Local Business And Non-Profit Bracing For Minimum Wage IncreasePosted: Updated:
Businesses across the state have been bracing for another minimum wage hike.
Two million New Yorkers will get a pay bump in 2018.
Fox 40 spoke to a local business and a not-for-profit to see how they are handling the increase.
Michael Hadlick has owned Michelangelo’s Pizzeria in Binghamton since 2005.
Over the past several years, he’s had to raise prices to keep up with the increase in minimum wage for his 50 employees.
“I raise things 15 cents here, a quarter there, and hopefully that’ll do it. I don’t want to do it too drastically, I might lose business you know?”
So far, Hadlick says it hasn’t hurt his business.
“I think our food is good and we give great portions, great service. It hasn’t affected it since I raised the prices the past five years.”
In Johnson City, the situation is different for Mom’s House, a not-for-profit that provides free childcare to single parents getting their education.
“We really can’t offset it by charging more for our services because our services are already free.”
Laura Bowen, Executive Director of Mom’s House, says the previous year’s pay increases have been manageable for her employees. This one was much harder on her budget.
“We’ve always tried to make sure there’s a gap between minimum wage and what we pay in our pay rate, and what we pay our teachers and our teacher’s aides.”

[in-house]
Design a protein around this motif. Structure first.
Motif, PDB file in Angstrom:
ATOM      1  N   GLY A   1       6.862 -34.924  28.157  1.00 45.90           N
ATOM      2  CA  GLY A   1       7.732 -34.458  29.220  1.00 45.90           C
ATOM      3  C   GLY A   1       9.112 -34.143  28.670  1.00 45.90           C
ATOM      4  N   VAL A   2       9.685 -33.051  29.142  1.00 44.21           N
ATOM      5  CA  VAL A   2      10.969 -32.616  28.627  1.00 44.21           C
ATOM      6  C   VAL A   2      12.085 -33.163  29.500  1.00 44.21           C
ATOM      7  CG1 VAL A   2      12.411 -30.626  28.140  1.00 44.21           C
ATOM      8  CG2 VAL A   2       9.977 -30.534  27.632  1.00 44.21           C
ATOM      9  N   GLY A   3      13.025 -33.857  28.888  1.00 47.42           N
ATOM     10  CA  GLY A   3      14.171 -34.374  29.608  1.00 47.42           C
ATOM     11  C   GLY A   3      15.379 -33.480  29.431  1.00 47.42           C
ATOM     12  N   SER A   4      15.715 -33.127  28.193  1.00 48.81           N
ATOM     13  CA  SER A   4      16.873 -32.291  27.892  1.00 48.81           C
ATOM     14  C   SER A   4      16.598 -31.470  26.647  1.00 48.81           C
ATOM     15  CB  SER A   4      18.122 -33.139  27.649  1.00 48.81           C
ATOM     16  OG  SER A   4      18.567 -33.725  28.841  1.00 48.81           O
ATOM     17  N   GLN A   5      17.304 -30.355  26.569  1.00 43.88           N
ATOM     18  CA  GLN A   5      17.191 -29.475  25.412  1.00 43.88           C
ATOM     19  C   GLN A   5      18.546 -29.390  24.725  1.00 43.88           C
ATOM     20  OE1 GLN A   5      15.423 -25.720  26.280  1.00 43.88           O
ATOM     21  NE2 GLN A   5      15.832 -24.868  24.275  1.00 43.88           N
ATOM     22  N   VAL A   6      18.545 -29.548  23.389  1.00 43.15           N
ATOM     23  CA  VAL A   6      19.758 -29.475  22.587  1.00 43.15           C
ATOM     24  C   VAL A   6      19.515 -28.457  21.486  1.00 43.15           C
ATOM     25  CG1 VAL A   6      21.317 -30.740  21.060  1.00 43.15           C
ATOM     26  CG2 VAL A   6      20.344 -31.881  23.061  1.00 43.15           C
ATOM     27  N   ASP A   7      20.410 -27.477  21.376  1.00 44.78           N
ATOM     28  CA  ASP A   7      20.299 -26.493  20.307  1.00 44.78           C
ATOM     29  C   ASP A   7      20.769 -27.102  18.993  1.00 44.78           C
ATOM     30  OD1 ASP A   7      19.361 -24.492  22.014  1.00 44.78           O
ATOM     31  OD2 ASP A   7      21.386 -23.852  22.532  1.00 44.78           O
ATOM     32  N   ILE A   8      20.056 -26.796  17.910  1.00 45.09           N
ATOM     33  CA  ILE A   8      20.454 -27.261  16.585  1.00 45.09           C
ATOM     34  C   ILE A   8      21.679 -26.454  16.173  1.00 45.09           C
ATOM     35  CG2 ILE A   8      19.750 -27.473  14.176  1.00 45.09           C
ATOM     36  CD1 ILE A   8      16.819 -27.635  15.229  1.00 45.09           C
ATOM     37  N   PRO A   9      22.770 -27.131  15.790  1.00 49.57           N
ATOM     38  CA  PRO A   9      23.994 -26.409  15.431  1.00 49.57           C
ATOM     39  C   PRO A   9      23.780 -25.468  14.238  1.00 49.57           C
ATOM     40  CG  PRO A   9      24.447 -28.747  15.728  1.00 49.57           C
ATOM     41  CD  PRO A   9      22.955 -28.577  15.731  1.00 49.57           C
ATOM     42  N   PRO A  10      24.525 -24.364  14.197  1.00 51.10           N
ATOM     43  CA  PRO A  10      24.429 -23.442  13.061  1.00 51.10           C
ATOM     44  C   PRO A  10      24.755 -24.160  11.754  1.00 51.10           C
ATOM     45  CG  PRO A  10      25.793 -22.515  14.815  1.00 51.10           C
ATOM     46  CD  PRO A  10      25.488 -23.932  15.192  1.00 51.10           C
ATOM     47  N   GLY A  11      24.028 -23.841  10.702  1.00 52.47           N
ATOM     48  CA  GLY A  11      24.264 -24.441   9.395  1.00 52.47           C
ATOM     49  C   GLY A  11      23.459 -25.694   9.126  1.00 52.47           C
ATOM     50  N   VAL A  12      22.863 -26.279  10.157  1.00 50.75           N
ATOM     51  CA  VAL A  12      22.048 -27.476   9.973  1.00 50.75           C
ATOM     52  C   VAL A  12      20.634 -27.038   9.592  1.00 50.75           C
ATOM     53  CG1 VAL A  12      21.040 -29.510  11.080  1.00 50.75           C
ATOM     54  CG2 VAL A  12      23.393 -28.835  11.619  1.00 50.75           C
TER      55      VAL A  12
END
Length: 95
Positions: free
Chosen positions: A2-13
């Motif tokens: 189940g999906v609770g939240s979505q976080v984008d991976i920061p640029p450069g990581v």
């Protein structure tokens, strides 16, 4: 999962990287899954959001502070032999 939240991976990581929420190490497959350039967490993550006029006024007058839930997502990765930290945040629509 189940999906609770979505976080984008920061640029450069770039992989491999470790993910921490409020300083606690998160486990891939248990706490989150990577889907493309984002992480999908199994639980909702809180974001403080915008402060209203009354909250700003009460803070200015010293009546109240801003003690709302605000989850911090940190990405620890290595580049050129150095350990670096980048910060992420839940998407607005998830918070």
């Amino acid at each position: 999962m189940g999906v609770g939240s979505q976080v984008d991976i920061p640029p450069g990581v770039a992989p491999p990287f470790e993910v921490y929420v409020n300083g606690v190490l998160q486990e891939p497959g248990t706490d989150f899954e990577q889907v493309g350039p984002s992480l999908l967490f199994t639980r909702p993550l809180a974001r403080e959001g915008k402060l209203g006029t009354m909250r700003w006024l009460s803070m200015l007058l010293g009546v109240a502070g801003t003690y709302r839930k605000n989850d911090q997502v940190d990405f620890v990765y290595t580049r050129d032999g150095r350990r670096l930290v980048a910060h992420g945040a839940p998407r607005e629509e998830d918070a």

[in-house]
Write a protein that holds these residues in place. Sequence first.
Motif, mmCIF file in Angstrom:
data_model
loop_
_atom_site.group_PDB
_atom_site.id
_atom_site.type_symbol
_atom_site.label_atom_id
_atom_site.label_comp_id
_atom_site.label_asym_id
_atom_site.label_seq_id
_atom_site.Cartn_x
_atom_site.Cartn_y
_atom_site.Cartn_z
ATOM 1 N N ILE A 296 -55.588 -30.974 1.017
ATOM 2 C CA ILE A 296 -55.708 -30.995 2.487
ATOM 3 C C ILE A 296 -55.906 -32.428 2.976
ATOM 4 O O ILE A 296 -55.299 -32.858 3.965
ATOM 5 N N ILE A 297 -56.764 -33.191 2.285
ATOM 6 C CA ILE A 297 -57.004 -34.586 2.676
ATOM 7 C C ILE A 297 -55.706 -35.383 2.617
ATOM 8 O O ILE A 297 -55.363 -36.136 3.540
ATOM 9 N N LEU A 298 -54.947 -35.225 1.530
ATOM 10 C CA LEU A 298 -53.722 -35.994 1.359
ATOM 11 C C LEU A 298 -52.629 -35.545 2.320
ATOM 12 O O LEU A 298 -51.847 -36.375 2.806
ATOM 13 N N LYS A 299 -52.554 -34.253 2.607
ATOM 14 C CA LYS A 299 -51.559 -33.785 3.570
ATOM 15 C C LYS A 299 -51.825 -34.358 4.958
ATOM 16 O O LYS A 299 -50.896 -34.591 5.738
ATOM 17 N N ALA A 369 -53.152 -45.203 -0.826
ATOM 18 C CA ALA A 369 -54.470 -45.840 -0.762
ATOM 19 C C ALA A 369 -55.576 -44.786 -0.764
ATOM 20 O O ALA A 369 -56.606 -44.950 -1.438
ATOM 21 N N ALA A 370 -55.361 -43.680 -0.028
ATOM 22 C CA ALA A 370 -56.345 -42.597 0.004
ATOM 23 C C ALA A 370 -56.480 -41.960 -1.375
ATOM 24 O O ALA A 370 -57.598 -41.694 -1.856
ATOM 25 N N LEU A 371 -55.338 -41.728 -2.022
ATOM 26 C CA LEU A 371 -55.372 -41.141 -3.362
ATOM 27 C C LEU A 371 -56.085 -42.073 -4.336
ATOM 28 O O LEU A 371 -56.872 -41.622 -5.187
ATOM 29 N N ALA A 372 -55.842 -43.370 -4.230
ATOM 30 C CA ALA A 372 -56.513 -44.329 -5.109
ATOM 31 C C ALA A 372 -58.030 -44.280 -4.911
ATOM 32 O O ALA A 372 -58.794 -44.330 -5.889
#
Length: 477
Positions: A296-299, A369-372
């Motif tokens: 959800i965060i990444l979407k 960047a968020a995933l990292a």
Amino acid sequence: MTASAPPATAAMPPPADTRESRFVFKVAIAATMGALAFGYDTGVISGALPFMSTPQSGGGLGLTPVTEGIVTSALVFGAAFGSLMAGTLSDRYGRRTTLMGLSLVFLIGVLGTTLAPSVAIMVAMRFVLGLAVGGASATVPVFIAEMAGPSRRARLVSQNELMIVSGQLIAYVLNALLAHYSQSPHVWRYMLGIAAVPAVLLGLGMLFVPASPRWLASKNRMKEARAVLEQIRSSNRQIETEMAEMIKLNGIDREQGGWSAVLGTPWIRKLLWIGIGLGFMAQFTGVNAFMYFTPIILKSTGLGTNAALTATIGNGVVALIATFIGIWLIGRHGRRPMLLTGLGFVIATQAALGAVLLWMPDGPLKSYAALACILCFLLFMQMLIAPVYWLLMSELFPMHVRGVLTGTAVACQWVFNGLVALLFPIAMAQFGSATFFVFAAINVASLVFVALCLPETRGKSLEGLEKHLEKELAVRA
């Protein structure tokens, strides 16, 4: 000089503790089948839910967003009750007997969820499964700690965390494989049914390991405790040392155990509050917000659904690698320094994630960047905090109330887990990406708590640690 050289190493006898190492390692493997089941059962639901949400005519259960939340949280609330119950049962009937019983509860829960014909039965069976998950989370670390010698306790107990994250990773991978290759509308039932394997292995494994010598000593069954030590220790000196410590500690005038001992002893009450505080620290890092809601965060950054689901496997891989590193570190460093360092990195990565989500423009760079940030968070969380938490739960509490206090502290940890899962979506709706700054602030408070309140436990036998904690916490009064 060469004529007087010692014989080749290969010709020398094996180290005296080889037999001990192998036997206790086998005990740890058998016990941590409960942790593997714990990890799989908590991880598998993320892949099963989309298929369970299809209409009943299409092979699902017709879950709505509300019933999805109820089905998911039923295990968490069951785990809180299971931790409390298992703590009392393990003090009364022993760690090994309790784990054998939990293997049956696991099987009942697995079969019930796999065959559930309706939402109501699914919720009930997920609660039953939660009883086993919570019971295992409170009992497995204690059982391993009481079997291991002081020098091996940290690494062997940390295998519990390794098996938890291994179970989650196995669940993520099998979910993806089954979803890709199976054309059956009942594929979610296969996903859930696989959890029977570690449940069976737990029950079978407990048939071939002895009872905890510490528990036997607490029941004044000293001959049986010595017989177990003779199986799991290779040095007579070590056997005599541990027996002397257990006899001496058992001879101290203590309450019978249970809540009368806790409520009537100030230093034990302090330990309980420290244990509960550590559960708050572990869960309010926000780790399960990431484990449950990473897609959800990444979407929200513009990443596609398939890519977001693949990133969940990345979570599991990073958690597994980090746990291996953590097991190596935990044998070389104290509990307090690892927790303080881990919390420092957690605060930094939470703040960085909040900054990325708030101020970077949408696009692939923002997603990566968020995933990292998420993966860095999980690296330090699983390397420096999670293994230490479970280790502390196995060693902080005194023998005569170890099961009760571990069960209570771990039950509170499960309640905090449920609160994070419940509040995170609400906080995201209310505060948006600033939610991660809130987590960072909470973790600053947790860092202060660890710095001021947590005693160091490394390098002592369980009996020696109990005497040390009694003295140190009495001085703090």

Now, that gap is closing. Mom’s House is looking to the community for help.
“It'll have to be fundraisers, private grants, the community. The community has supported Mom’s House for thirty years now.”
Hadlick is looking for other ways to save, living saving on water, energy, electric, and gas, in hopes that he doesn’t need to cut staff.
“I won’t do it if I don’t have to.”
On Tuesday, the Greater Binghamton Chamber of Commerce spoke out about the minimum wage increase in a statement to Fox 40.
“The increase on minimum wage, just like any other government regulation, causes an additional hurdle for businesses across the board,” said Jennifer Conway, President and CEO of the Greater Binghamton Chamber of Commerce. “These mandatory wage increases typically result in a loss of jobs or a rise in costs, both of which negatively impact the community it’s designed to help - fortunately, our entrepreneurs and business owners have the passion to succeed and we will continue to advocate for pro-business policies that allow for growth and innovation right here in the Southern Tier and throughout New York State.”
The phased-in rates increase minimum wage in Upstate New York by $.70 each year until it reaches $12.50 in 2020.